Pakistan plans to permit Chinese organizations for deep-sea fishing in the nation’s regional waters. However, activists representing Pakistani fishermen stated that the decision could undermine at least 3 million people’s livelihoods.
A month earlier, Twelve Chinese deep-sea fishing vessels moored at the port of Karachi, disturbing local fishermen who argued that fishing vessels for enterprises and bottom trawling would drain fish stocks in the restrictive government ocean zones off the regions of Sindh and Baluchistan.
Bottom trawling includes dragging nets to sweep up fish around the seafloor thereby stirring up the sediments on the seabed and displacing or damaging some marine organisms, allowing contaminants to blend with plankton and transfer into the food chain, producing toxic blooms of algae or dead zones of oxygen deficiency.
Mohammad Ali Shah, chairman of Pakistan Fisherfolk forum asserted that Sindh and Baluchistan coastal line is about 1,050 kilometers long and on which three million fishermen are dependent on their livelihoods whereas the government had planned a new fishing policy but had yet to announce it.
“The deep-sea trawler policy has not yet been approved, but before that, they (China) have brought these trawlers,” Shah stated while labeling the Chinese vessels as illegal.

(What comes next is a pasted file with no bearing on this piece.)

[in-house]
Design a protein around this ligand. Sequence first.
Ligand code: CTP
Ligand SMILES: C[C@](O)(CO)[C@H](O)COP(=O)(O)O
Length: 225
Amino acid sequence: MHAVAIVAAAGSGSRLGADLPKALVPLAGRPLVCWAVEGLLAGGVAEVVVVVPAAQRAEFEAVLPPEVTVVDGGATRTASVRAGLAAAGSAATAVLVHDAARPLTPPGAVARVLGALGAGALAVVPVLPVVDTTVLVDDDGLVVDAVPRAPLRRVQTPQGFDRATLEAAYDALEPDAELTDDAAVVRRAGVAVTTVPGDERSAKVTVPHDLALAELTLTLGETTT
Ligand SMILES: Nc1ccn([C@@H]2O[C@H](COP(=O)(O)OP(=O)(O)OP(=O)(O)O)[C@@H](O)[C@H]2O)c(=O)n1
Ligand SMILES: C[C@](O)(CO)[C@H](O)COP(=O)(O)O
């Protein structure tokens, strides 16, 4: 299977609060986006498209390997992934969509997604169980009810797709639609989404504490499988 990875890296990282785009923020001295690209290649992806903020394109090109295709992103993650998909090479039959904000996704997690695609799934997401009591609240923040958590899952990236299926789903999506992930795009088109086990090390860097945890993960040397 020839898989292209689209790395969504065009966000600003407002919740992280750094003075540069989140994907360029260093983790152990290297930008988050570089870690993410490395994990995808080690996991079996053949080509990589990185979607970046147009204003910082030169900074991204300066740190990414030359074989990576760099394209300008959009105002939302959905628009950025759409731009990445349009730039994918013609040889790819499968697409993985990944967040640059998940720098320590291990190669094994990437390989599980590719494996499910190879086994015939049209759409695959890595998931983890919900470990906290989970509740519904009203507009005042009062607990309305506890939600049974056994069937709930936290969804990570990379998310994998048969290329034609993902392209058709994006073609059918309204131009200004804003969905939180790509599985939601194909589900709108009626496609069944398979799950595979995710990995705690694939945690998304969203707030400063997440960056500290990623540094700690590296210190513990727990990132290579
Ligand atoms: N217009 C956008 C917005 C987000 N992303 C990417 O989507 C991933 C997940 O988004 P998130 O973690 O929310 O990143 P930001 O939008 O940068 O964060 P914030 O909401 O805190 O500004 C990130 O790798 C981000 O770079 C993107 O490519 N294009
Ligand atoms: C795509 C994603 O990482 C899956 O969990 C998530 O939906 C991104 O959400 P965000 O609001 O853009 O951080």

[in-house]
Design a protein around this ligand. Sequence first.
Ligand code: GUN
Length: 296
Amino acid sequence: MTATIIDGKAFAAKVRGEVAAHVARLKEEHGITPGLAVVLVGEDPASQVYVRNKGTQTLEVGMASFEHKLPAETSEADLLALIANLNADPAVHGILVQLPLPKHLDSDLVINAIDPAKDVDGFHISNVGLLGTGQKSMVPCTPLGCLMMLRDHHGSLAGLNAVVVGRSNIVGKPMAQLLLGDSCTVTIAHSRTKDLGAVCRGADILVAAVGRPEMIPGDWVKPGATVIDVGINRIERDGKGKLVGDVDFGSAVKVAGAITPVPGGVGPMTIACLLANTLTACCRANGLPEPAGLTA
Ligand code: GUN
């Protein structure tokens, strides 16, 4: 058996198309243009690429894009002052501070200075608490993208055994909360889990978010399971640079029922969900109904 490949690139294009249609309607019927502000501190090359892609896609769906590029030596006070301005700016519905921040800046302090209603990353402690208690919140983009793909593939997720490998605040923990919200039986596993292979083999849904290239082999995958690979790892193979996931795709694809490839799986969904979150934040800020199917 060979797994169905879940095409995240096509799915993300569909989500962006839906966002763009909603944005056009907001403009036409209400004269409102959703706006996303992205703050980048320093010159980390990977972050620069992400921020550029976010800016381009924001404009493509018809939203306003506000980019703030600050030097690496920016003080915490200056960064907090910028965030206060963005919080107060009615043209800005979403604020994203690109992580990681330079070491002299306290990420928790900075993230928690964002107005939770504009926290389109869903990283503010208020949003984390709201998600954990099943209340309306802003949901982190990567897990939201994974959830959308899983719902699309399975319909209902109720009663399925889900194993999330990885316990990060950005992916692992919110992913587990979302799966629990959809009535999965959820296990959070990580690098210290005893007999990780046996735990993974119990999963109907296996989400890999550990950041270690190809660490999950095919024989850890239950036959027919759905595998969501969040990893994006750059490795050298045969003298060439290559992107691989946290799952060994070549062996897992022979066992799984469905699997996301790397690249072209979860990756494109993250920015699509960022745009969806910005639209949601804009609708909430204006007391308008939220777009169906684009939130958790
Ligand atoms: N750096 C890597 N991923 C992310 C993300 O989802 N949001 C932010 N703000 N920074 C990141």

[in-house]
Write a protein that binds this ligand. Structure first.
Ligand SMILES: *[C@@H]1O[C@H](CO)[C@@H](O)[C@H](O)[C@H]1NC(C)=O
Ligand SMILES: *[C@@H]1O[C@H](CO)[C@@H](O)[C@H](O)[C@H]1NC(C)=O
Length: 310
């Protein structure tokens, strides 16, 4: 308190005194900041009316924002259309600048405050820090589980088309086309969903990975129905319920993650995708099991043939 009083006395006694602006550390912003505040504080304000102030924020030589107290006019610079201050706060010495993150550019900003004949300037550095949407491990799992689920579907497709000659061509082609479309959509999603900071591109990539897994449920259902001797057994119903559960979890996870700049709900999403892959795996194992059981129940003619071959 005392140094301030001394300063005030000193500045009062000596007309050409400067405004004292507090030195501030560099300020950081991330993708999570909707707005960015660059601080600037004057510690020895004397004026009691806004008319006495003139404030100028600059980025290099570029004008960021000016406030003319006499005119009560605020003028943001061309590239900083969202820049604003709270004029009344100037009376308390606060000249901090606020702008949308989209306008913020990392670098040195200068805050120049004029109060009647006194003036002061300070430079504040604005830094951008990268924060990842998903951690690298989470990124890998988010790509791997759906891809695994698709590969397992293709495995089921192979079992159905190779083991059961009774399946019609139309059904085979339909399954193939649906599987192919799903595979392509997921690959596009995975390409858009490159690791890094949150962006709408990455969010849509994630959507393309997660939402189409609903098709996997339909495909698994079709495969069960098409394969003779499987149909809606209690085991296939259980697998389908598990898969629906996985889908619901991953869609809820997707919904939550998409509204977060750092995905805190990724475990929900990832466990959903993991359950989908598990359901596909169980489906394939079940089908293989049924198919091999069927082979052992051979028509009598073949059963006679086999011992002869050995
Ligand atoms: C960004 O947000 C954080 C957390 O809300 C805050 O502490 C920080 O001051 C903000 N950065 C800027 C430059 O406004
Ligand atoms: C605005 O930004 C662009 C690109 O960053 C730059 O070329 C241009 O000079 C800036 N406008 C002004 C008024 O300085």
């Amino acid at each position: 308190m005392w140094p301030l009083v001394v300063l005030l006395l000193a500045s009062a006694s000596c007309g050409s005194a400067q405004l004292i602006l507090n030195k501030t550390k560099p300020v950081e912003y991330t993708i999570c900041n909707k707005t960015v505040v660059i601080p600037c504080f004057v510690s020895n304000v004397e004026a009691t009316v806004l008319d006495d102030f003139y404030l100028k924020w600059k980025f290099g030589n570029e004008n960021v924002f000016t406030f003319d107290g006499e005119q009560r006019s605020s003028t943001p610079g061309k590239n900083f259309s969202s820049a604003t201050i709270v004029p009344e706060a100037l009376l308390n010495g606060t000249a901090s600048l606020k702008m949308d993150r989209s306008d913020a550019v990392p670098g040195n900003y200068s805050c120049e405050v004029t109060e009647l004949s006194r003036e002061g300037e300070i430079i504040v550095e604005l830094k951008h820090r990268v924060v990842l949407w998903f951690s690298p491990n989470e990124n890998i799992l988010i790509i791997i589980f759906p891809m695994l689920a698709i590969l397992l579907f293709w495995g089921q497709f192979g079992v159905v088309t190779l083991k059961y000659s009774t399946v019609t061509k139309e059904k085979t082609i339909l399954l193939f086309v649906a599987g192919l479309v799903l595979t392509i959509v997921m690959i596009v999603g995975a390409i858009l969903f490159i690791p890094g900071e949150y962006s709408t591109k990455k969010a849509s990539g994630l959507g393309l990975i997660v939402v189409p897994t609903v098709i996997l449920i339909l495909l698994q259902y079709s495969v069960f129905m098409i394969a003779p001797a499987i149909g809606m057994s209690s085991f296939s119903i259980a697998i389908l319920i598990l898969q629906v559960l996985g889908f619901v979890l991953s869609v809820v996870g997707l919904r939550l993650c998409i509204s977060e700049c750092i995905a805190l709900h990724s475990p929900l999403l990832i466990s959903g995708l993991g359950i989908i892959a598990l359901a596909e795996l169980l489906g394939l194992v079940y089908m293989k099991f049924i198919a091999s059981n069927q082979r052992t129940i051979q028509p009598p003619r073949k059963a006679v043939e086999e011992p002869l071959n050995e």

Earlier in 2018, a deep-sea fishing licensing scheme was introduced which was resisted by the provincial government and groups representing local fishermen. They declared it as a constitutional breach and an invasion of fishermen’s livelihoods in the coastal provinces.
Pakistan makes around $450 million yearly for its fish exports. However, the worrisome situation regarding the foreign fishing enterprises threatening the locals is not new and for a very long time, people of Baluchistan have voiced against it.
Abdul Berr, FCS chairman stated: “Bringing Chinese trawlers for deep-sea fishing is in line with the government’s deep-sea fishing policy and aimed at upgrading and modernizing fishing, besides providing job opportunities to local fishermen. Around 3,500 fishermen will get employment opportunities with the arrival of the world’s latest fishing boats and modern small boats.
First, 70 percent of the staff at trawlers and processing facilities will be local. There will be no fishing in provincial, territorial waters. The trawlers will bring all their catch to Karachi, where it will be processed in factories and then exported.”
Abdul Bari Pitafi minister of Sindh for livestock and fisheries added: “We will also oppose its (trawlers’) operations in Zone 3 because they will just wipe out sea life including the fish’s seed.”
A 2016 Food and Agriculture Organization survey had reported a decline of 72% of the fish stock in the coastal areas of Pakistan.